A recent opinion from an intermediate Texas appellate court gives a broad reading to the Texas Equine Activity Limitation of Liability Act. Like almost all other states, Texas has a statutory limitation of liability for horse professionals, participants, operators and sponsors of equine activities such as livestock shows, riding clubs, race tracks and horse stables. Found in Chapter 87 of the Texas Civil Practice & Remedies Code, the statute provides immunity from claims for property damage, personal injury or death resulting from “dangers or conditions that are an inherent risk” of an equine activity, provided that certain conditions are met. Despite the law’s far-reaching language, there has been some question whether it applies to claims brought by an operator’s employees and independent contractors or whether it is limited to claims brought by consumers.
This question has not yet been before the Supreme Court of Texas, and intermediate appellate decisions have gone both ways. In Johnson v. Smith, 88 S.W.3d 729 (Tex. App. – Corpus Christi 2002, no pet.), one intermediate Texas appellate court held the statute’s immunity provisions shielded operators from claims brought by independent contractors. In the decision of Dodge v. Durdin, 187 S.W.3d 523 (Tex. App. – Houston [1st] 2005, no pet.), on the other hand, another intermediate appellate court held the statute did not bar claims brought by employees, reasoning that the law was only intended to protect operators from claims of “tourists and other consumers of equine activities.”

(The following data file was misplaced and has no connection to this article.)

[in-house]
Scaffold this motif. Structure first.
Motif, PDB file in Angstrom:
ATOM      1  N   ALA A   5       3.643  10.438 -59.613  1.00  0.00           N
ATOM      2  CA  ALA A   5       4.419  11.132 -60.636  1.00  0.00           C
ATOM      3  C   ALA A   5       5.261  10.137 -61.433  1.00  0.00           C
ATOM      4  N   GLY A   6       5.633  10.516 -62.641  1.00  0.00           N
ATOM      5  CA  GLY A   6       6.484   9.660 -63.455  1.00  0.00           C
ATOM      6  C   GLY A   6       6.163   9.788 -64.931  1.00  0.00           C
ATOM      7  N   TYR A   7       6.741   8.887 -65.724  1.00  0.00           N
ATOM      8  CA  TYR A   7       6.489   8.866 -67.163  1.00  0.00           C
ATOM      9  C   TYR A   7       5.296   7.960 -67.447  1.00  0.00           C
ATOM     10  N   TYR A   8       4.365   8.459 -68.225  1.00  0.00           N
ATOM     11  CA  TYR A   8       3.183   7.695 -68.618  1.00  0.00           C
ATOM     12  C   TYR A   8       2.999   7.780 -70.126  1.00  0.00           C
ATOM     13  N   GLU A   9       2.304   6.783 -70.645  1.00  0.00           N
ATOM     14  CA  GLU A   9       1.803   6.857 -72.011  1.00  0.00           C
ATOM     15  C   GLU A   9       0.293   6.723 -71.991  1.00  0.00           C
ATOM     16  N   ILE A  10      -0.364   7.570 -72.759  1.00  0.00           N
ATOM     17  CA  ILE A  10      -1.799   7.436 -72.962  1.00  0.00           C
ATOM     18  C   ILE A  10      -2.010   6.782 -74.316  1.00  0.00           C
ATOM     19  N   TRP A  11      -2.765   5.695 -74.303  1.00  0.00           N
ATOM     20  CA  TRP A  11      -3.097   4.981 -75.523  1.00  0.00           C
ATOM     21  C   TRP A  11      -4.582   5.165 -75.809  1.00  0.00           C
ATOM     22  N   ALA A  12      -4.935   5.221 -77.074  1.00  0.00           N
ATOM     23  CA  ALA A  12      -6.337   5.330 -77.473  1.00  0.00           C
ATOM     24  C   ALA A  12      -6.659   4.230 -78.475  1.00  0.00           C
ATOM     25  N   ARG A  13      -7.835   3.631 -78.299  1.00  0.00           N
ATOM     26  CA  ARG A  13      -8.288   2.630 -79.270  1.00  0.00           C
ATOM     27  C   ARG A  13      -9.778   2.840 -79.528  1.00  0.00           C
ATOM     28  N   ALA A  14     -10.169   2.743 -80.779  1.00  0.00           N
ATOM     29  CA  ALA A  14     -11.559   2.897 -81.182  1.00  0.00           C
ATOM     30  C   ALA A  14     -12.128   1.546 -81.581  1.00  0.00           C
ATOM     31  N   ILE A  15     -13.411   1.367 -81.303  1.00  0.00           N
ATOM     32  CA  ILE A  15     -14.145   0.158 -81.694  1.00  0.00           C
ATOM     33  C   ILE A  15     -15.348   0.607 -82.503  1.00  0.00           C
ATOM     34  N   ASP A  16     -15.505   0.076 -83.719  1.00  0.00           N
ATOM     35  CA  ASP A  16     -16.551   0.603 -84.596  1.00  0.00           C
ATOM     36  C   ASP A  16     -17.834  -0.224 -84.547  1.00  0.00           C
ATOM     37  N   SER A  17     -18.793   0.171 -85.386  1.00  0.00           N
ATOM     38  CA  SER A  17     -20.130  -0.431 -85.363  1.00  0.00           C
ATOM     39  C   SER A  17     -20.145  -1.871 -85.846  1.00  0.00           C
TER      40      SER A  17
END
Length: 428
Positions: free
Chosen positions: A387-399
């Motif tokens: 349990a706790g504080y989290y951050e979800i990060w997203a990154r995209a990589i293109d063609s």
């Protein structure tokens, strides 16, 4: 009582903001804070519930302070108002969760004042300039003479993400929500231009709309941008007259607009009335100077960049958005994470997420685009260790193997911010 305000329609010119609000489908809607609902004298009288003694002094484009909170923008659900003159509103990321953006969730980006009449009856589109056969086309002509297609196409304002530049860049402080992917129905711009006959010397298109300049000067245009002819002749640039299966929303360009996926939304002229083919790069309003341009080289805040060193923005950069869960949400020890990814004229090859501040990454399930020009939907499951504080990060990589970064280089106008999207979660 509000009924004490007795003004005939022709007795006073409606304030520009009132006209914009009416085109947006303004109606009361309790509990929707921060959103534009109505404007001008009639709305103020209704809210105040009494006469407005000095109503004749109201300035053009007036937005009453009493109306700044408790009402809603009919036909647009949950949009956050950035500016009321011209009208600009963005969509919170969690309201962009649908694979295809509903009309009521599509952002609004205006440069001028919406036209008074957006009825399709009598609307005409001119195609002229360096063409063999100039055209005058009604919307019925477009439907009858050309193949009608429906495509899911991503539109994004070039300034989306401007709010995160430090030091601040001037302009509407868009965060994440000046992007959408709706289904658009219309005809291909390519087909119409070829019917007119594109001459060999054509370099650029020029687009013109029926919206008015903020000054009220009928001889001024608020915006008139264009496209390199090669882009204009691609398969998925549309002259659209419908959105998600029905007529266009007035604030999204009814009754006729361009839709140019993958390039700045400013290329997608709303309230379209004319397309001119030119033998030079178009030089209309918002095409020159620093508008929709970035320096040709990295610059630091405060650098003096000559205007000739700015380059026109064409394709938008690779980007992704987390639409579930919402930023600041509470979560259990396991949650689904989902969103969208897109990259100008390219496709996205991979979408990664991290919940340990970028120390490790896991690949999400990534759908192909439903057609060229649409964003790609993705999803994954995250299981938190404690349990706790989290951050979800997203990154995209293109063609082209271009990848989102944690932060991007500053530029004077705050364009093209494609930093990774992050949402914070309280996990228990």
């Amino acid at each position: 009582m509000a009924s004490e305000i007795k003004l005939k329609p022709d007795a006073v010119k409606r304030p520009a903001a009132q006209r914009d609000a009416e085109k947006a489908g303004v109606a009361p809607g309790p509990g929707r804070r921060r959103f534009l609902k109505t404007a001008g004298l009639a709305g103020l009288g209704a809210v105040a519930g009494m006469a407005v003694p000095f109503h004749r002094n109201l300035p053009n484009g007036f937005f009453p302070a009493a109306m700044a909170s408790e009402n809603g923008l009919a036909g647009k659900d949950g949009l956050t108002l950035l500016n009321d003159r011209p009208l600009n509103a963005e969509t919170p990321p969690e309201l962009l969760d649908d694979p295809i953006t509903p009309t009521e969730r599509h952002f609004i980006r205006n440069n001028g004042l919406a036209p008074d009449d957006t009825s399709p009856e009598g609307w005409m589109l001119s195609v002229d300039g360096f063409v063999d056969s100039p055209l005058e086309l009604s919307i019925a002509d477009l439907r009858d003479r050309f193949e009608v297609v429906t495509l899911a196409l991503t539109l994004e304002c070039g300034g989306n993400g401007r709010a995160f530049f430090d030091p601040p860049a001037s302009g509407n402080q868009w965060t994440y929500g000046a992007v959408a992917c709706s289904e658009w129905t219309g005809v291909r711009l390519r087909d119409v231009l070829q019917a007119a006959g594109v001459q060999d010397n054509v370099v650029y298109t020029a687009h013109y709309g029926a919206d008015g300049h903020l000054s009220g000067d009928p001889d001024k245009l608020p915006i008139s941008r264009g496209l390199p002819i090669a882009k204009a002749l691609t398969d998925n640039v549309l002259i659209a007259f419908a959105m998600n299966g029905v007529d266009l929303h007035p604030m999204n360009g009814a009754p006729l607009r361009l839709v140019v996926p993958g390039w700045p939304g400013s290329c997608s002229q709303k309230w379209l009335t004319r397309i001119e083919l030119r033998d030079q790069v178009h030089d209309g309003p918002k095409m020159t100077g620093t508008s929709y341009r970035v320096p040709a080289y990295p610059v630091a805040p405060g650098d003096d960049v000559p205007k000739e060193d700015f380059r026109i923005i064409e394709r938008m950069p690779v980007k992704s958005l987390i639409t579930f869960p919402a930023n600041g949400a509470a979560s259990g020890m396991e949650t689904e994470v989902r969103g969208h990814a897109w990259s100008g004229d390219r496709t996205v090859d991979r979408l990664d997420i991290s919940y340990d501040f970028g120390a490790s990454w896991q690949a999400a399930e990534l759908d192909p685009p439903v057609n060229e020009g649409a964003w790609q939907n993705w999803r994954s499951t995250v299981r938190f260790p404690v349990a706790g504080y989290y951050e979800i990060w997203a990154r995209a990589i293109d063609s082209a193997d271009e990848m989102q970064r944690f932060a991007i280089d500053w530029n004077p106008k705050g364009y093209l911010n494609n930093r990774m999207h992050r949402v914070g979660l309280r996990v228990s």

Now, a third intermediate appellate court has “broken the tie” by holding that claims of independent contractors are subject to the statute. Young v. McKim, 2012 Tex. App. LEXIS 4317 (Tex. App. – Houston [14th Dist.] May 31, 2012). In the McKim case, the court noted that the statute provides a “comprehensive limitation of liability for equine activities of all kinds,” and that it takes “an expansive view” of what constitutes an “inherent risk” of equine activities. Finding there was “nothing in the language of the statute” limiting it to consumer-oriented equine activities, the court affirmed a summary judgment in favor of a horse owner who had been sued for personal injuries sustained by a person who had been hired to feed, walk and care for the horse while stabled at an independent horse stable. The appellate court acknowledged. Durdin’s holding that the statute did not bar claims brought by employees, but held the evidence conclusively established in this case that the plaintiff Young was an independent contractor